-Presence of known or suspected severe organic disease potentially causing constipation and/or psychiatric disease potentially interfering with questionnaires compilation.

-Patients assuming potentially constipating drugs or the onset of constipation after starting any kind of drug.

Statistical analysis

Data were analyzed by means of the SAS® System for Windows, version 9.2.

A prevalence approach was adopted and no imputation was performed for any missing data.

The association between categorical variables was analyzed using Chi-Square test or Fisher’s exact test (for cell frequencies < 5). In order to correct for multiple comparisons, pairwise tests were adjusted using the Bonferroni method.

The association between a continuous and a categorical variable (with two categories) was analyzed by the Wilcoxon-Mann–Whitney test. Finally, the association between a continuous and a categorical variable was analyzed by the Kruskal-Wallis test (or by the ANOVA in case of normal distribution). In case of pairwise comparisons, the Dunn’s test was performed. The correlation between two continuous variables was summarized by the Pearson’s correlation coefficient in case of normal data distribution, or by the Spearman’s correlation coefficient otherwise.

All statistical tests were performed with a two-sided significance level α = 0.05, therefore p-values lower than 0.05 were considered statistically significant.

The PAC-SYM and PAC-QoL total and domain scores were calculated as detailed in Additional file 1, respectively.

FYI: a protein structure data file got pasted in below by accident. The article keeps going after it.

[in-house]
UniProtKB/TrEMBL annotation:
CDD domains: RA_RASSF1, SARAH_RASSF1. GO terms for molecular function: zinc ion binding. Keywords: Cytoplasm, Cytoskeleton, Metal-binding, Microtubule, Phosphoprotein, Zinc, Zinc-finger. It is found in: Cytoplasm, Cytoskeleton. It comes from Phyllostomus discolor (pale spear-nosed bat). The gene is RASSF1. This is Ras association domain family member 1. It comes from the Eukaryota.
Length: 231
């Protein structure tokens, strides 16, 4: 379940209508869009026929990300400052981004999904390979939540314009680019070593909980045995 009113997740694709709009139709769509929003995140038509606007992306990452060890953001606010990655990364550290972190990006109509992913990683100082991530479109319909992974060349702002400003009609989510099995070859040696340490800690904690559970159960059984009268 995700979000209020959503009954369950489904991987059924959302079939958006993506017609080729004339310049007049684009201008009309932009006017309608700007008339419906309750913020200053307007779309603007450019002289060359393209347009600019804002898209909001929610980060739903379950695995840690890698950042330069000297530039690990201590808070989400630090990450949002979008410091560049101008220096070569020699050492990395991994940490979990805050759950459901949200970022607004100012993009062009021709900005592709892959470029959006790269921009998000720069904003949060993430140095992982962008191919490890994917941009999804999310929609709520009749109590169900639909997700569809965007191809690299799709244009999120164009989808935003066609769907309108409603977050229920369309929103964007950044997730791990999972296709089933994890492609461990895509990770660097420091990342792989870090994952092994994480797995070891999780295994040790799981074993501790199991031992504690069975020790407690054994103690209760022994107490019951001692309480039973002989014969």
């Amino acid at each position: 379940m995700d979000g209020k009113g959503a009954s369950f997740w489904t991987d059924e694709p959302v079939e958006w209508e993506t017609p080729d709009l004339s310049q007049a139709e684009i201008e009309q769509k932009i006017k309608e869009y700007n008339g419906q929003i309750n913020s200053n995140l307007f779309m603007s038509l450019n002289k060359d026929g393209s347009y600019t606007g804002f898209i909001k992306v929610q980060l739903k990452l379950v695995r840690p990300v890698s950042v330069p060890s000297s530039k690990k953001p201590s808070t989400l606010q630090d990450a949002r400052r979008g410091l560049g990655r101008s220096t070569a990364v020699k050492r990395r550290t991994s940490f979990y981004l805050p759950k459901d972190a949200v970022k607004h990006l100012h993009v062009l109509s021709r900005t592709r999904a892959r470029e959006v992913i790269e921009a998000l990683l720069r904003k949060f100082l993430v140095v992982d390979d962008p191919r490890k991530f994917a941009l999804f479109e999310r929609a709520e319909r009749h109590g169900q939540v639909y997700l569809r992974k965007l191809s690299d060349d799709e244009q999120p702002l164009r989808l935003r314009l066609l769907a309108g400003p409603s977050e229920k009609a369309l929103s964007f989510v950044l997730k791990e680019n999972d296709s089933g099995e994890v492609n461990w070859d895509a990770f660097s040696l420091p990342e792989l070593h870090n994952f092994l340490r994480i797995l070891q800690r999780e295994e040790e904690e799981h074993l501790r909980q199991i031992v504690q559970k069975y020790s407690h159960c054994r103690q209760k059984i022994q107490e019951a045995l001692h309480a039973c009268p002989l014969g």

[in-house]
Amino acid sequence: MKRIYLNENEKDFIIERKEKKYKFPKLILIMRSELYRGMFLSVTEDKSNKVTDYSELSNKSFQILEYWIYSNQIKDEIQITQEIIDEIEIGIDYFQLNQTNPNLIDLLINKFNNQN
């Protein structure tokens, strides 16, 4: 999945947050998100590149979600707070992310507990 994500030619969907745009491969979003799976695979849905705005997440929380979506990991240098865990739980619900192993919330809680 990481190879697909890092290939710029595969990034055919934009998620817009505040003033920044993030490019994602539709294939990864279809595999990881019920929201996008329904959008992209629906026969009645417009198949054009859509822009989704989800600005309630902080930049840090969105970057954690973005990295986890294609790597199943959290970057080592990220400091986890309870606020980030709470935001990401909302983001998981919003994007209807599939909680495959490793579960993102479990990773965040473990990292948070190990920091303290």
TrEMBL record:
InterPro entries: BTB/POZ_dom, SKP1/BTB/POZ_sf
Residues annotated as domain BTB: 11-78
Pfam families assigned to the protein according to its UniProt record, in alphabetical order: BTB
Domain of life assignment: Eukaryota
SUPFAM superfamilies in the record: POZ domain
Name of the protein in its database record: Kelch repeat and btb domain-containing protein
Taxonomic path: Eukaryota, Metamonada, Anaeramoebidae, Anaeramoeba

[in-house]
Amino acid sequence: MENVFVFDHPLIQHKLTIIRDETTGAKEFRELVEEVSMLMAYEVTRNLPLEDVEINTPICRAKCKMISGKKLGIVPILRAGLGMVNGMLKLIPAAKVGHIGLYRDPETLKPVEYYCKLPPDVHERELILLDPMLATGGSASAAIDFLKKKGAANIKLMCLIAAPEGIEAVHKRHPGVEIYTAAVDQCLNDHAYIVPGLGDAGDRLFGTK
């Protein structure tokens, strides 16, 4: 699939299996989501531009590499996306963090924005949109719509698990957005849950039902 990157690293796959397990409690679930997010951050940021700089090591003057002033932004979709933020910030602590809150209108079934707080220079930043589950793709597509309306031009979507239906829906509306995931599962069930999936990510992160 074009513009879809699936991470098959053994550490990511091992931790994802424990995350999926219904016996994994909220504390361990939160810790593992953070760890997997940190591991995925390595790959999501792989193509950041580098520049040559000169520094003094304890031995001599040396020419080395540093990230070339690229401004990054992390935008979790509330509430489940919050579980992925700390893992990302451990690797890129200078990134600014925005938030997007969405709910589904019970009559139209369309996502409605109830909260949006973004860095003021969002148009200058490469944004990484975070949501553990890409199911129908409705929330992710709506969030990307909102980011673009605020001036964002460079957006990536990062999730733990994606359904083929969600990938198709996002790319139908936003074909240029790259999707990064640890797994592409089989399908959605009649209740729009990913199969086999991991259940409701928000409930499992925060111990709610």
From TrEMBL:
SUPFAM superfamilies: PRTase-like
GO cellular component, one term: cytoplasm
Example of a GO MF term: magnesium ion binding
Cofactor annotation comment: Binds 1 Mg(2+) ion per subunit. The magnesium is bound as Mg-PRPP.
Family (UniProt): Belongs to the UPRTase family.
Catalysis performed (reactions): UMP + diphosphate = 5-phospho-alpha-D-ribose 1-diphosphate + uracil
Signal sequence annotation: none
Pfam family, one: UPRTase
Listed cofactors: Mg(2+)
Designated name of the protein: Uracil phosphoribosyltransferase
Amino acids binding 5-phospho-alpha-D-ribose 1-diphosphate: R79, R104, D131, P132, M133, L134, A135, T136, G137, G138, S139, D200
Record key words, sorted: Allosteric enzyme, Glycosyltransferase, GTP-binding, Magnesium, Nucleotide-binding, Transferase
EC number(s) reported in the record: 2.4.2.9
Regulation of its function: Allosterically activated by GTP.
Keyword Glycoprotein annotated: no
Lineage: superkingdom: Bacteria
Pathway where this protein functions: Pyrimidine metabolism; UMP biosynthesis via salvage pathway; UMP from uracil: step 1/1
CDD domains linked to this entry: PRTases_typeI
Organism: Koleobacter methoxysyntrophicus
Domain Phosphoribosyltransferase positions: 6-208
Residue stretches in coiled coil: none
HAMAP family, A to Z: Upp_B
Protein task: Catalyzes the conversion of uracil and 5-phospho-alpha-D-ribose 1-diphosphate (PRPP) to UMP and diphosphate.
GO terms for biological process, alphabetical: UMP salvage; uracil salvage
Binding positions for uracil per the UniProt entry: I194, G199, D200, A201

PAC-SYM total score and PAC-QoL total score were also analyzed through multivariate regression models, adjusting for the following independent variables: age, sex, diagnosis, duration of CC.

Results

Data from 878 CC patients (33.9% in Northern Italy, 32.4% in Center Italy and 33.7% in Southern Italy), 706 women (80.4%) and 172 men (19.6%), mean age: 51.0 ± 16.8 years (F 49.6 ± 16.6 years; M 56.9 ± 16.5 years) were obtained. Their body mass index (BMI) was 23.7 ± 4.0 kg/m2. Four hundred thirty-five out of 878 patients (49.5%) were at their first gastroenterological evaluation for CC. According to Rome III criteria the patients were classified as FC: 549 (62.5%); IBS-C: 275 (31.3%); NRC: 54 (6.2%).

IBS-C patients were younger (46.9 ± 16.2 years) than FC (52.8 ± 16.6) and NRC (53.1 ± 18.6) (p < 0.0001). The gender distribution was significantly different between the three groups (IBS-C: women 234/275 (85.1%); FC: women 433/549 (78.9%); NRC: women 39/54 (72.2%) (p < 0.05) .

The duration of CC was “>1–4 years” in 23.1% (IBS-C: 33.0%; FC: 59.1%; NRC: 7.9%), “≥5years” in 21.1% (IBS-C: 27.0%; FC: 65.4%; NRC: 7.6%) and “>10 years” in 48.5% of the patients (IBS-C: 32.2%; FC: 63.9%; NRC: 4.0%). No significant difference was observed between groups but only a trend toward a shorter duration in NRC could be detected.

Bristol 1–2 was reported in 628/878 (71.5%) patients (IBS-C: 208/275, 75.6%; FC:394/549, 71.8%; NRC: 26/54, 48.2%) (IBS-C vs FC: ns; IBS-C vs. NRC: p < 0.001; FC vs NRC: p < 0.005).